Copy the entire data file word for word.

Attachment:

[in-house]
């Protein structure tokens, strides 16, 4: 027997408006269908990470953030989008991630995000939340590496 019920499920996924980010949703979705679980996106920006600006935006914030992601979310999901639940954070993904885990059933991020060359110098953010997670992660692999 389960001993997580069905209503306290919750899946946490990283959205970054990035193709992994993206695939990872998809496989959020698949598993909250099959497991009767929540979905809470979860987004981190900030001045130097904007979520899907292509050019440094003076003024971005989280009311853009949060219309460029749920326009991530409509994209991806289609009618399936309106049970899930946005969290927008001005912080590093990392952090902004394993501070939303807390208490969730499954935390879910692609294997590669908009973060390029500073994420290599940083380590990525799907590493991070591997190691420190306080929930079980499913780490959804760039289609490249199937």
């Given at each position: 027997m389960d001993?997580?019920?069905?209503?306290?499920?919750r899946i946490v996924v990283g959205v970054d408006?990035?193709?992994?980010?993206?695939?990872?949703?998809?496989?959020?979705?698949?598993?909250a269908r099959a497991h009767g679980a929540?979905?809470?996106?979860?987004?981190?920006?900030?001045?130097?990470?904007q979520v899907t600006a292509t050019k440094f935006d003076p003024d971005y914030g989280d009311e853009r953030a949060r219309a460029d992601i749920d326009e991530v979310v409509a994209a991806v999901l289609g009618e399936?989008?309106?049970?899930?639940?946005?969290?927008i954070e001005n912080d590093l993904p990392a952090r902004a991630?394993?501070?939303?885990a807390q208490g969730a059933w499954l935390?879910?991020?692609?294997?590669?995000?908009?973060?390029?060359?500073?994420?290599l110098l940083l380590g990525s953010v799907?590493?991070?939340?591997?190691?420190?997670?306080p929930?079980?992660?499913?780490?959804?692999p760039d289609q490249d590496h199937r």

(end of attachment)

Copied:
[in-house]
């Protein structure tokens, strides 16, 4: 027997408006269908990470953030989008991630995000939340590496 019920499920996924980010949703979705679980996106920006600006935006914030992601979310999901639940954070993904885990059933991020060359110098953010997670992660692999 389960001993997580069905209503306290919750899946946490990283959205970054990035193709992994993206695939990872998809496989959020698949598993909250099959497991009767929540979905809470979860987004981190900030001045130097904007979520899907292509050019440094003076003024971005989280009311853009949060219309460029749920326009991530409509994209991806289609009618399936309106049970899930946005969290927008001005912080590093990392952090902004394993501070939303807390208490969730499954935390879910692609294997590669908009973060390029500073994420290599940083380590990525799907590493991070591997190691420190306080929930079980499913780490959804760039289609490249199937």
């Given at each position: 027997m389960d001993?997580?019920?069905?209503?306290?499920?919750r899946i946490v996924v990283g959205v970054d408006?990035?193709?992994?980010?993206?695939?990872?949703?998809?496989?959020?979705?698949?598993?909250a269908r099959a497991h009767g679980a929540?979905?809470?996106?979860?987004?981190?920006?900030?001045?130097?990470?904007q979520v899907t600006a292509t050019k440094f935006d003076p003024d971005y914030g989280d009311e853009r953030a949060r219309a460029d992601i749920d326009e991530v979310v409509a994209a991806v999901l289609g009618e399936?989008?309106?049970?899930?639940?946005?969290?927008i954070e001005n912080d590093l993904p990392a952090r902004a991630?394993?501070?939303?885990a807390q208490g969730a059933w499954l935390?879910?991020?692609?294997?590669?995000?908009?973060?390029?060359?500073?994420?290599l110098l940083l380590g990525s953010v799907?590493?991070?939340?591997?190691?420190?997670?306080p929930?079980?992660?499913?780490?959804?692999p760039d289609q490249d590496h199937r």